IN THE HEADLINES
McCain says Obama's economic policies are from the far left of US politics ... Former top US diplomat says Palin not up to the task of presidency but could become 'adequate' ... Don't rush me: AP poll finds 1 in 7 likely voters still persuadable as Election Day draws near ... McCain to appear on 'Saturday Night Live' just before election ... Biden absent from re-election campaign, depending on surrogates
McCain: Obama's economic policies swing far left
YOUNGSTOWN, Ohio (AP) - Republican John McCain on Friday called the economic policies of Democratic rival Barack Obama from the far left of American politics. In its hunt for votes for next week's election, the Obama campaign continued to tie McCain to the unpopular President Bush and expanded its ad presence into new states, including McCain's home state of Arizona.
McCain was spending a second straight day touring Ohio, a swing state with 20 electoral votes that McCain aides acknowledge is central to a victory on Tuesday. The Arizona senator was behind Obama in polls in the state.
"Sen. Obama's economic policy is from the far left of American politics and ours is in the center," McCain told ABC's "Good Morning America." "He wants to raise people's taxes - that's clear."
Obama maintains that families making under $250,000 a year and individuals under $200,000 annually would not see any tax increase if he were president.
Obama's campaign, capitalizing on his vast financial resources and a favorable political climate, announced Friday that it was going back up with advertising in Georgia and North Dakota, two Republican states that it had teased with ads earlier in the general election campaign but then abandoned.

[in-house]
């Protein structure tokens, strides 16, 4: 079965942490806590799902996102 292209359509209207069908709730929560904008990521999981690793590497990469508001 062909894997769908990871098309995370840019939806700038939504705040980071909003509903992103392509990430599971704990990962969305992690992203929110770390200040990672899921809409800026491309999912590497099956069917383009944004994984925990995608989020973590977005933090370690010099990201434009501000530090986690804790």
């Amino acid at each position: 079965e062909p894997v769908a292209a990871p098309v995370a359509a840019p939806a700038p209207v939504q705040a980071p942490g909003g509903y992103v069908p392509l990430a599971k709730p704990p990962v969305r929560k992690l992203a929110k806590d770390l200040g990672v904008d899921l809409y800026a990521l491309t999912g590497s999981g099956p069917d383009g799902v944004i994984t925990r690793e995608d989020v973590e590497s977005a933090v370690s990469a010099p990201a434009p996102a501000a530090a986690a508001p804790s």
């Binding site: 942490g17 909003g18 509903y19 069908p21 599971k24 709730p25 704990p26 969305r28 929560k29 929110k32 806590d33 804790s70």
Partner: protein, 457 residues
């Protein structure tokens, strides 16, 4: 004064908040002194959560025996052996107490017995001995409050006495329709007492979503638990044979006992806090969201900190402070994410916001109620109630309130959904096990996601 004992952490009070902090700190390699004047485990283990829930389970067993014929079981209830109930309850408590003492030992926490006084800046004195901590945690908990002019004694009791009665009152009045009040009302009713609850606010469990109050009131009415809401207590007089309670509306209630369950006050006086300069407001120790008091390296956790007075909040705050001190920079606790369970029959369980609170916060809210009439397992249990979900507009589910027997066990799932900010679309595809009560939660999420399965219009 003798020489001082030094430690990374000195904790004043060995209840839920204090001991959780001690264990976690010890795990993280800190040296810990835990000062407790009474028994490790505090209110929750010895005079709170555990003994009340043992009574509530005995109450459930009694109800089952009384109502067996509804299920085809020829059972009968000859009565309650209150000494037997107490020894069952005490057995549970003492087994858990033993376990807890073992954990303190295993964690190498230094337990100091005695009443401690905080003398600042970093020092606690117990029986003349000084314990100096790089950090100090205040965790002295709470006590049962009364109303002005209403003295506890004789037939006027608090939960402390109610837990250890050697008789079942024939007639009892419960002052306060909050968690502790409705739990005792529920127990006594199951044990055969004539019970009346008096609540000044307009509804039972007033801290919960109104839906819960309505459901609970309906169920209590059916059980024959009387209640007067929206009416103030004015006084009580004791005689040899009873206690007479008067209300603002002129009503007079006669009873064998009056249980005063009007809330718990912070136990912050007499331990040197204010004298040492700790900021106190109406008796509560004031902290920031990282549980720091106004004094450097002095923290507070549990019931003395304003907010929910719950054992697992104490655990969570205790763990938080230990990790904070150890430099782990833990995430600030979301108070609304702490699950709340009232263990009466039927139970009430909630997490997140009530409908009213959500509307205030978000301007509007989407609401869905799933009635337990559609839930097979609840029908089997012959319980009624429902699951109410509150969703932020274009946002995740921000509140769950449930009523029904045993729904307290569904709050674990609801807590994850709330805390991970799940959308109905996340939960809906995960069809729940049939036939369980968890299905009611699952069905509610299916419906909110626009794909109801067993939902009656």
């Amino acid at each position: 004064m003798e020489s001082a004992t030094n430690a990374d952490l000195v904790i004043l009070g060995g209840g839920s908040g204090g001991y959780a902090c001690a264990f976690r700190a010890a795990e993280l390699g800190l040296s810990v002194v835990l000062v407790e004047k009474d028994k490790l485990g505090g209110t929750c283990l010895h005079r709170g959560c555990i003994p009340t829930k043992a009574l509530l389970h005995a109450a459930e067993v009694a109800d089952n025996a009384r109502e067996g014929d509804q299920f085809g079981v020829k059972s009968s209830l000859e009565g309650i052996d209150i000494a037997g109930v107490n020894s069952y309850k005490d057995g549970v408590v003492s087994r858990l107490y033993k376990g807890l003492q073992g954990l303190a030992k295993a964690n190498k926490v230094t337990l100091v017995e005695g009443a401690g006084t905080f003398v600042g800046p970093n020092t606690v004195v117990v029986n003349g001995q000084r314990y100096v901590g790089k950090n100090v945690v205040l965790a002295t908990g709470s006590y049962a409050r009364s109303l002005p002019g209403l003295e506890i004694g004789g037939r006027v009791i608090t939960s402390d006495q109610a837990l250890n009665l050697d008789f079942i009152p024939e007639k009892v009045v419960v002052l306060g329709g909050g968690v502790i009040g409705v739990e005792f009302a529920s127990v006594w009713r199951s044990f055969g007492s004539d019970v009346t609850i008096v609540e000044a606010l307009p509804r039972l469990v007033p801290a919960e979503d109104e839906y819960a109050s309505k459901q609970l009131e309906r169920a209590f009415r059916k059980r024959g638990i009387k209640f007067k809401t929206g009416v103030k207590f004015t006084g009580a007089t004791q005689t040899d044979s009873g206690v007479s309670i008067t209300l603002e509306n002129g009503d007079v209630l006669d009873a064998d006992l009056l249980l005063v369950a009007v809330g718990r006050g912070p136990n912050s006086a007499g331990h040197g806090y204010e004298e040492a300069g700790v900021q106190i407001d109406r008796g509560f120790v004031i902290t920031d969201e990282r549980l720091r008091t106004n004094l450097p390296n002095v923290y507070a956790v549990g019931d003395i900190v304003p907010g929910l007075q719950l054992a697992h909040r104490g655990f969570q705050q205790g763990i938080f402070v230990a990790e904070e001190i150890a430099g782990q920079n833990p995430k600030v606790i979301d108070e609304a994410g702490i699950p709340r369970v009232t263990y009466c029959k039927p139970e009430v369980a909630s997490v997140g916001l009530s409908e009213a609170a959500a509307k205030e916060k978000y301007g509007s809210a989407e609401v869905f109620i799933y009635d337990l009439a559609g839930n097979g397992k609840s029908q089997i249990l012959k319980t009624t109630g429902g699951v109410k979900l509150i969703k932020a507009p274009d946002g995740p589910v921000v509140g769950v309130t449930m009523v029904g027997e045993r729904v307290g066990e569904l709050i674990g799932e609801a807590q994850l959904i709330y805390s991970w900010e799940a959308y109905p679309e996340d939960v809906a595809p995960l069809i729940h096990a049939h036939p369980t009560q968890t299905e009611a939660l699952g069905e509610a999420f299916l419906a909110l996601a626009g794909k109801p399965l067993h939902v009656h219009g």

Ex-chief diplomat says Palin not ready for top job
WASHINGTON (AP) - A former secretary of state and supporter of Republican John McCain says that McCain's running mate, Sarah Palin, isn't up to the task of taking over the presidency in a crisis but could become "adequate" if not "a genius in the job."
Then again, added Lawrence Eagleburger, several other vice presidents were also not ready. And he said he was confident that Palin, Alaska's governor, was tough enough if called to serve.
Eagleburger, who was secretary of state under President George H.W. Bush, has been cited frequently by McCain as one of several seasoned diplomats and former Cabinet members who back his presidential bid. McCain has pointed to them when asked about former Secretary of State Colin Powell's decision to endorse Democrat Barack Obama.
Asked Thursday on National Public Radio if he thought Palin would be ready to take over in a crisis, Eagleburger said, "Of course not."
"I don't think at the moment she is prepared to take over the brains of the presidency. I can name for you any number of other vice presidents who were not particularly up to it, either," Eagleburger said.
AP poll: 1 in 7 voters still persuadable
WASHINGTON (AP) - With the sand in the 2008 campaign hourglass about depleted, some people are still making up their minds about who should be president.
One in seven, or 14 percent, can't decide, or back a candidate but might switch, according to an Associated Press-Yahoo News poll of likely voters released Friday.